To effect such reform, we knew that Laura would need a landslide victory. Through various platforms, an appeal was made to volunteers and voters. Thankfully, citizens answered our clarion call to action, enthusiastically contributing in various ways to Laura’s candidacy. The groundswell for good governance was undeniable . . . Laura captured 71+% of the vote, defeating a well-financed, politically-experienced incumbent who had been on council since Milton’s founding. The investment of our hard-earned political capital had paid off at the polls. Good governance was within grasp . . . Laura surely would make it happen . . . citizens were clearly behind her . . . Laura’s election was mandate for change . . . Laura would be unstoppable.
But alas, it was not meant to be. To the great dismay of her supporters, within 3 months of her election, Laura disavowed the core principles of the citizens’ movement that elected her. In the context of her support for a multitude of variances (28 in total for 3 separate properties) at Birmingham Crossroads, Laura stated to me “Tim, I know how you feel about process, but citizens don’t care about process; they only care about outcomes. They don’t understand or care about variances.” (Laura was parroting Joe Lockwood.) Laura further stated that the City Attorney had advised her that council had “discretion” in granting variances, which Laura interpreted as nearly limitless discretion. (Interestingly, the City Attorney asserted otherwise in the Crossroads hearings, stating that Milton’s ordinances do not allow granting of variances to improve outcomes and advised—in lawyer speak—against approving the very variances that Laura supported. Click on the below link to hear Jarrard’s guidance.) Laura’s flip-flop on variances (and more broadly on re-architecting government), whereby she wholeheartedly adopted the stance of her 2017 opponent, caused a permanent rupture in Laura’s relationship with me and many other staunch supporters.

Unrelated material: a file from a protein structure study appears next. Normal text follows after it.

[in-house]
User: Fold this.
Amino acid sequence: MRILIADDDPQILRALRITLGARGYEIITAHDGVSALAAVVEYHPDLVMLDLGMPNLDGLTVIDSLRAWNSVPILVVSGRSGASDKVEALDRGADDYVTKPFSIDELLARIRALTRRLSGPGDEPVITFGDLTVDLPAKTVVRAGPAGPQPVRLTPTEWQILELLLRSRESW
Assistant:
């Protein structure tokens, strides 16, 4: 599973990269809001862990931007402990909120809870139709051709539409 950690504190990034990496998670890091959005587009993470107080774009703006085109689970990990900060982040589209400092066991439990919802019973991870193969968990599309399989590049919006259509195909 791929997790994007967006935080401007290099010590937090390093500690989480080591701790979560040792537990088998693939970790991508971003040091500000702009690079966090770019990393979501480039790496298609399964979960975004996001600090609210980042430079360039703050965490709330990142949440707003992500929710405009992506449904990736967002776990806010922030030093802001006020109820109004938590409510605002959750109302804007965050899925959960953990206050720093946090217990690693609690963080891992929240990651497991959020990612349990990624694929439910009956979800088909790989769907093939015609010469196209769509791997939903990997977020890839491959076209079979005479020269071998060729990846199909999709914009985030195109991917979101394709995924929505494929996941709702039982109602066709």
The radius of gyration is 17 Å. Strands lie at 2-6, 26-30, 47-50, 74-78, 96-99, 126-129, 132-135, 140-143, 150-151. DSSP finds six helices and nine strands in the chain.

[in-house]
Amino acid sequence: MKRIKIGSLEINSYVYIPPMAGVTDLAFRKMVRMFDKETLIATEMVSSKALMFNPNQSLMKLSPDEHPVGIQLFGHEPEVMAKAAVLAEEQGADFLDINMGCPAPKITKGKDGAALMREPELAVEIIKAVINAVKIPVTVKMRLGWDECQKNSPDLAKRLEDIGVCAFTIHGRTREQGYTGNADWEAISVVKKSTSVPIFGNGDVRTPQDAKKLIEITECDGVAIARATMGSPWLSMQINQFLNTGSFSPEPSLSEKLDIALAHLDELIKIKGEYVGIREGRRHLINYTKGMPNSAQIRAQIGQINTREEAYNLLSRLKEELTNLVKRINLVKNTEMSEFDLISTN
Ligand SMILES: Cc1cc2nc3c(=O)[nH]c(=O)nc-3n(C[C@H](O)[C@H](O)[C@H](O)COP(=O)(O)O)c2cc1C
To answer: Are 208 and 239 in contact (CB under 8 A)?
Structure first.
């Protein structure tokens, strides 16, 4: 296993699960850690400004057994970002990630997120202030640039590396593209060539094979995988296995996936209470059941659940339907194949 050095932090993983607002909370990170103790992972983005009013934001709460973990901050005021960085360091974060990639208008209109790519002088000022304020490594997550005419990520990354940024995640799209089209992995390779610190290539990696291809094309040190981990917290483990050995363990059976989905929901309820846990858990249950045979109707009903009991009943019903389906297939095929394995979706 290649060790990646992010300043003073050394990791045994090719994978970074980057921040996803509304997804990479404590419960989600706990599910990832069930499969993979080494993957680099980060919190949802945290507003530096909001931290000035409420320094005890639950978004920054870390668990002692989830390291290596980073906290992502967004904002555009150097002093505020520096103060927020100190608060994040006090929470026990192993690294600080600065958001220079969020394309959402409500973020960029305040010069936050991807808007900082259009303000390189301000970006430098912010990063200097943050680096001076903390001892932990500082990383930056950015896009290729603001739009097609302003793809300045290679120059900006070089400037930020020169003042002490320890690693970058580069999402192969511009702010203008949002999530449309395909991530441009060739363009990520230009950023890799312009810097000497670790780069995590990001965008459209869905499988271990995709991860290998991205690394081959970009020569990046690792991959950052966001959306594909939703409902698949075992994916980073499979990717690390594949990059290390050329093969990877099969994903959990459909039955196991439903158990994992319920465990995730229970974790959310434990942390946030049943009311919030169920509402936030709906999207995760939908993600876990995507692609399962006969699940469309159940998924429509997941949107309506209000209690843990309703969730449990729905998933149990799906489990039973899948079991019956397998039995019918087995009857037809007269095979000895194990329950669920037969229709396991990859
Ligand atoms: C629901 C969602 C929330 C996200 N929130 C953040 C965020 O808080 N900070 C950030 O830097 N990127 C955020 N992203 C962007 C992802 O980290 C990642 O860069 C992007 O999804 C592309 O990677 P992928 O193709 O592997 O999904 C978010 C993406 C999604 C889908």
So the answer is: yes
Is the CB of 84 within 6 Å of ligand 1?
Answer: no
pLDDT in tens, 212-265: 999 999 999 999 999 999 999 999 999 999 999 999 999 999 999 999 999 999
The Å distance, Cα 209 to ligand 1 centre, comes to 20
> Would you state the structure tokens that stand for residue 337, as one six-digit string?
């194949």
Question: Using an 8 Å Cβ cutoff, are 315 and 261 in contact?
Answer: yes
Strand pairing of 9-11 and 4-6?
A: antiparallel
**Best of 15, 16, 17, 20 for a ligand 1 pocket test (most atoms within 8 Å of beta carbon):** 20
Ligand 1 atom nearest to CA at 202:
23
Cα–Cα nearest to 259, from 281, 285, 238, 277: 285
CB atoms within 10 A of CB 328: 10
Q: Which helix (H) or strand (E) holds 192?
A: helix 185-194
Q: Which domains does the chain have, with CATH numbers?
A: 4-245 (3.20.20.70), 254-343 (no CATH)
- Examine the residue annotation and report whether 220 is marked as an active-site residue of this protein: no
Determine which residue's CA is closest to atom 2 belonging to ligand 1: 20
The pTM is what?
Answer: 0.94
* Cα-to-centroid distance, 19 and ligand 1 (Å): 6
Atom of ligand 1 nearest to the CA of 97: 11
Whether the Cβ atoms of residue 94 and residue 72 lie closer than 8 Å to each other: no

And so it was that Laura became untethered from principles of good governance and alienated from most of her supporters. Milton’s politics quickly reverted to the old ways. Nothing substantive has been accomplished to fundamentally change the architecture of government, to further good governance, or (in Laura’s words) to “shift power back to citizens.” In fact, in many respects, Milton governance has regressed since I became involved 6 years ago. For example, earlier in 2021, the Charter Commission, which previously met every 5 years and was one of the few checks on Council power, was disbanded by City Council. This fundamental change to Milton’s charter went virtually unnoticed by citizens.